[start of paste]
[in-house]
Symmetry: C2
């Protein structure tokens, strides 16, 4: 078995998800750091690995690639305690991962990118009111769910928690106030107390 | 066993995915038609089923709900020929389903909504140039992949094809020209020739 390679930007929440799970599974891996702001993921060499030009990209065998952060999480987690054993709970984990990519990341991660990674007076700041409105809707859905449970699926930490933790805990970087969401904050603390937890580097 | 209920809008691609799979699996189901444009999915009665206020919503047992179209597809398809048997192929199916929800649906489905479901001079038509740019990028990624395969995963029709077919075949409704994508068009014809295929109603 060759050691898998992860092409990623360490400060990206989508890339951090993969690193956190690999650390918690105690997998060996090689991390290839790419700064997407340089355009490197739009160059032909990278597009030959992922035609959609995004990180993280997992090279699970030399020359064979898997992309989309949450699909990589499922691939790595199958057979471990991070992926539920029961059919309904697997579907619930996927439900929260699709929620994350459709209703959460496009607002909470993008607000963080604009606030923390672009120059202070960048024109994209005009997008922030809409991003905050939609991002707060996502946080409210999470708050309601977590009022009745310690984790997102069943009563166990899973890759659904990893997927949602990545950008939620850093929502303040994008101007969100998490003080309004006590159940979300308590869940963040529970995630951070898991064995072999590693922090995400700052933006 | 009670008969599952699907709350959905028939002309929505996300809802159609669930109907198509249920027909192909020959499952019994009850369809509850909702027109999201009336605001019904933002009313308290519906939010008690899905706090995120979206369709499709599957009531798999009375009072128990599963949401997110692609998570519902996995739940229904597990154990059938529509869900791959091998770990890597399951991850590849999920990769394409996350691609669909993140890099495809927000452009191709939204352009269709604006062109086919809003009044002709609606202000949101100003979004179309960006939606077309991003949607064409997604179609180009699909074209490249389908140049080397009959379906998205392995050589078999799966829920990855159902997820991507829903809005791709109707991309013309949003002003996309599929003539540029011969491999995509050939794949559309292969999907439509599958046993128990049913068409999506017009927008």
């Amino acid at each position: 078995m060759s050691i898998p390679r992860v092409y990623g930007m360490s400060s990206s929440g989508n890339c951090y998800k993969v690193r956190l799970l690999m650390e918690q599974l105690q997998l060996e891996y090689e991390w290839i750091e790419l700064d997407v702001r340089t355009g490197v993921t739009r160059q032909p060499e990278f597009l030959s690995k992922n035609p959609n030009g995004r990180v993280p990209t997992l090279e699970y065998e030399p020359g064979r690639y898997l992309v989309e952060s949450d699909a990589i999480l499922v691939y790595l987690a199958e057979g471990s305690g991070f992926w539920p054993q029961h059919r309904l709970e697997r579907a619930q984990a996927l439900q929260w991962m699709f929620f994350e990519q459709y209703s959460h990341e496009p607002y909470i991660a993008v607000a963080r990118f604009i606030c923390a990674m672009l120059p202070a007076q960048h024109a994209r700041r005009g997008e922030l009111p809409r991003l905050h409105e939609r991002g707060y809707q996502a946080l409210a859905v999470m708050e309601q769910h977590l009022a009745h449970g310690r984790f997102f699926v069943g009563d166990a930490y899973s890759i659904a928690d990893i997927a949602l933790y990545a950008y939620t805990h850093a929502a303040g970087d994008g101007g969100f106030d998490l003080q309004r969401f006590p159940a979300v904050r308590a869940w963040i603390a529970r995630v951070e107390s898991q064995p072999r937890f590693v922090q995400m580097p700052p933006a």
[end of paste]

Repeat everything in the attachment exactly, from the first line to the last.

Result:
[in-house]
Symmetry: C2
């Protein structure tokens, strides 16, 4: 078995998800750091690995690639305690991962990118009111769910928690106030107390 | 066993995915038609089923709900020929389903909504140039992949094809020209020739 390679930007929440799970599974891996702001993921060499030009990209065998952060999480987690054993709970984990990519990341991660990674007076700041409105809707859905449970699926930490933790805990970087969401904050603390937890580097 | 209920809008691609799979699996189901444009999915009665206020919503047992179209597809398809048997192929199916929800649906489905479901001079038509740019990028990624395969995963029709077919075949409704994508068009014809295929109603 060759050691898998992860092409990623360490400060990206989508890339951090993969690193956190690999650390918690105690997998060996090689991390290839790419700064997407340089355009490197739009160059032909990278597009030959992922035609959609995004990180993280997992090279699970030399020359064979898997992309989309949450699909990589499922691939790595199958057979471990991070992926539920029961059919309904697997579907619930996927439900929260699709929620994350459709209703959460496009607002909470993008607000963080604009606030923390672009120059202070960048024109994209005009997008922030809409991003905050939609991002707060996502946080409210999470708050309601977590009022009745310690984790997102069943009563166990899973890759659904990893997927949602990545950008939620850093929502303040994008101007969100998490003080309004006590159940979300308590869940963040529970995630951070898991064995072999590693922090995400700052933006 | 009670008969599952699907709350959905028939002309929505996300809802159609669930109907198509249920027909192909020959499952019994009850369809509850909702027109999201009336605001019904933002009313308290519906939010008690899905706090995120979206369709499709599957009531798999009375009072128990599963949401997110692609998570519902996995739940229904597990154990059938529509869900791959091998770990890597399951991850590849999920990769394409996350691609669909993140890099495809927000452009191709939204352009269709604006062109086919809003009044002709609606202000949101100003979004179309960006939606077309991003949607064409997604179609180009699909074209490249389908140049080397009959379906998205392995050589078999799966829920990855159902997820991507829903809005791709109707991309013309949003002003996309599929003539540029011969491999995509050939794949559309292969999907439509599958046993128990049913068409999506017009927008």
């Amino acid at each position: 078995m060759s050691i898998p390679r992860v092409y990623g930007m360490s400060s990206s929440g989508n890339c951090y998800k993969v690193r956190l799970l690999m650390e918690q599974l105690q997998l060996e891996y090689e991390w290839i750091e790419l700064d997407v702001r340089t355009g490197v993921t739009r160059q032909p060499e990278f597009l030959s690995k992922n035609p959609n030009g995004r990180v993280p990209t997992l090279e699970y065998e030399p020359g064979r690639y898997l992309v989309e952060s949450d699909a990589i999480l499922v691939y790595l987690a199958e057979g471990s305690g991070f992926w539920p054993q029961h059919r309904l709970e697997r579907a619930q984990a996927l439900q929260w991962m699709f929620f994350e990519q459709y209703s959460h990341e496009p607002y909470i991660a993008v607000a963080r990118f604009i606030c923390a990674m672009l120059p202070a007076q960048h024109a994209r700041r005009g997008e922030l009111p809409r991003l905050h409105e939609r991002g707060y809707q996502a946080l409210a859905v999470m708050e309601q769910h977590l009022a009745h449970g310690r984790f997102f699926v069943g009563d166990a930490y899973s890759i659904a928690d990893i997927a949602l933790y990545a950008y939620t805990h850093a929502a303040g970087d994008g101007g969100f106030d998490l003080q309004r969401f006590p159940a979300v904050r308590a869940w963040i603390a529970r995630v951070e107390s898991q064995p072999r937890f590693v922090q995400m580097p700052p933006a």